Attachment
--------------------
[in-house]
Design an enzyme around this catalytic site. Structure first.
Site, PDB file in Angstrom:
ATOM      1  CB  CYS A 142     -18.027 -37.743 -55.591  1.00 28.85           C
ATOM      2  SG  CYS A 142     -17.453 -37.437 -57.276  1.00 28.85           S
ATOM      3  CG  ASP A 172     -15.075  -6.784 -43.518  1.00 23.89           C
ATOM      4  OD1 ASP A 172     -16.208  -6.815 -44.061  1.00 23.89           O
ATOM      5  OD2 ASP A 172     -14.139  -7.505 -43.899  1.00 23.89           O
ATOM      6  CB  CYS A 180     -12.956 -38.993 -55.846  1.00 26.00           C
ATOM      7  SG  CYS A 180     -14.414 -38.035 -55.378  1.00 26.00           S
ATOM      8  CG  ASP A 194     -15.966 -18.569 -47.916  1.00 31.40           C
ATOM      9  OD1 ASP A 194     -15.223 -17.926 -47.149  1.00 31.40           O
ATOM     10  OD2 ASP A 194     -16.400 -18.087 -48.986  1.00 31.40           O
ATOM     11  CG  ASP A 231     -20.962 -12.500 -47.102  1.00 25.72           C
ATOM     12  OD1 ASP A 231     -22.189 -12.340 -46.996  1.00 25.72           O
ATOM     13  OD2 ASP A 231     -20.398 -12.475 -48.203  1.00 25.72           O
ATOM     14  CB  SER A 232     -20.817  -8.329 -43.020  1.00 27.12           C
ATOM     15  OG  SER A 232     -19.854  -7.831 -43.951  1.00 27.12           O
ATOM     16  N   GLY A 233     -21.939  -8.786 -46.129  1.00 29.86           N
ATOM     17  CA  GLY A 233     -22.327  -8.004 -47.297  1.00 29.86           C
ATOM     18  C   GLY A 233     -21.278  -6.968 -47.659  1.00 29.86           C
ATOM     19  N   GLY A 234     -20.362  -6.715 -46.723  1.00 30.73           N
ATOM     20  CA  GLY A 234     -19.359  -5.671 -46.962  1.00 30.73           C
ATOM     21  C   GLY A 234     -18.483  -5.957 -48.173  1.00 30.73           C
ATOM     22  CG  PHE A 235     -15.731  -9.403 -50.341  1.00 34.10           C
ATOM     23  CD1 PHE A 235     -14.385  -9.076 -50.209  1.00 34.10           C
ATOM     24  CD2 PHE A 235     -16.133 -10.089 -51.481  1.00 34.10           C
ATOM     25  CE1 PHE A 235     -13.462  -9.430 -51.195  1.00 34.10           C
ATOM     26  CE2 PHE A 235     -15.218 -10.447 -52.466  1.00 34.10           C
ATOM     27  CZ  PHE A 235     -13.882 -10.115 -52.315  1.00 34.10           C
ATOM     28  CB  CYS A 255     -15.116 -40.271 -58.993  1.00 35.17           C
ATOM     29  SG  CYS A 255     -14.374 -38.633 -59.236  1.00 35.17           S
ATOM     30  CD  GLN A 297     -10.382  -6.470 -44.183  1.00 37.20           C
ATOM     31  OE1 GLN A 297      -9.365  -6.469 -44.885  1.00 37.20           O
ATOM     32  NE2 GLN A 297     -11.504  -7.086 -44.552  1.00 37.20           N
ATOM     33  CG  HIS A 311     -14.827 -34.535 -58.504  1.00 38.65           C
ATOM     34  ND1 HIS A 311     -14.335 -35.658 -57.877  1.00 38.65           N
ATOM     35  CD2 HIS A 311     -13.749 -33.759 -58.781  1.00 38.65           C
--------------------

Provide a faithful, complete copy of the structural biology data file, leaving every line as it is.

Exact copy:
[in-house]
Design an enzyme around this catalytic site. Structure first.
Site, PDB file in Angstrom:
ATOM      1  CB  CYS A 142     -18.027 -37.743 -55.591  1.00 28.85           C
ATOM      2  SG  CYS A 142     -17.453 -37.437 -57.276  1.00 28.85           S
ATOM      3  CG  ASP A 172     -15.075  -6.784 -43.518  1.00 23.89           C
ATOM      4  OD1 ASP A 172     -16.208  -6.815 -44.061  1.00 23.89           O
ATOM      5  OD2 ASP A 172     -14.139  -7.505 -43.899  1.00 23.89           O
ATOM      6  CB  CYS A 180     -12.956 -38.993 -55.846  1.00 26.00           C
ATOM      7  SG  CYS A 180     -14.414 -38.035 -55.378  1.00 26.00           S
ATOM      8  CG  ASP A 194     -15.966 -18.569 -47.916  1.00 31.40           C
ATOM      9  OD1 ASP A 194     -15.223 -17.926 -47.149  1.00 31.40           O
ATOM     10  OD2 ASP A 194     -16.400 -18.087 -48.986  1.00 31.40           O
ATOM     11  CG  ASP A 231     -20.962 -12.500 -47.102  1.00 25.72           C
ATOM     12  OD1 ASP A 231     -22.189 -12.340 -46.996  1.00 25.72           O
ATOM     13  OD2 ASP A 231     -20.398 -12.475 -48.203  1.00 25.72           O
ATOM     14  CB  SER A 232     -20.817  -8.329 -43.020  1.00 27.12           C
ATOM     15  OG  SER A 232     -19.854  -7.831 -43.951  1.00 27.12           O
ATOM     16  N   GLY A 233     -21.939  -8.786 -46.129  1.00 29.86           N
ATOM     17  CA  GLY A 233     -22.327  -8.004 -47.297  1.00 29.86           C
ATOM     18  C   GLY A 233     -21.278  -6.968 -47.659  1.00 29.86           C
ATOM     19  N   GLY A 234     -20.362  -6.715 -46.723  1.00 30.73           N
ATOM     20  CA  GLY A 234     -19.359  -5.671 -46.962  1.00 30.73           C
ATOM     21  C   GLY A 234     -18.483  -5.957 -48.173  1.00 30.73           C
ATOM     22  CG  PHE A 235     -15.731  -9.403 -50.341  1.00 34.10           C
ATOM     23  CD1 PHE A 235     -14.385  -9.076 -50.209  1.00 34.10           C
ATOM     24  CD2 PHE A 235     -16.133 -10.089 -51.481  1.00 34.10           C
ATOM     25  CE1 PHE A 235     -13.462  -9.430 -51.195  1.00 34.10           C
ATOM     26  CE2 PHE A 235     -15.218 -10.447 -52.466  1.00 34.10           C
ATOM     27  CZ  PHE A 235     -13.882 -10.115 -52.315  1.00 34.10           C
ATOM     28  CB  CYS A 255     -15.116 -40.271 -58.993  1.00 35.17           C
ATOM     29  SG  CYS A 255     -14.374 -38.633 -59.236  1.00 35.17           S
ATOM     30  CD  GLN A 297     -10.382  -6.470 -44.183  1.00 37.20           C
ATOM     31  OE1 GLN A 297      -9.365  -6.469 -44.885  1.00 37.20           O
ATOM     32  NE2 GLN A 297     -11.504  -7.086 -44.552  1.00 37.20           N
ATOM     33  CG  HIS A 311     -14.827 -34.535 -58.504  1.00 38.65           C
ATOM     34  ND1 HIS A 311     -14.335 -35.658 -57.877  1.00 38.65           N
ATOM     35  CD2 HIS A 311     -13.749 -33.759 -58.781  1.00 38.65           C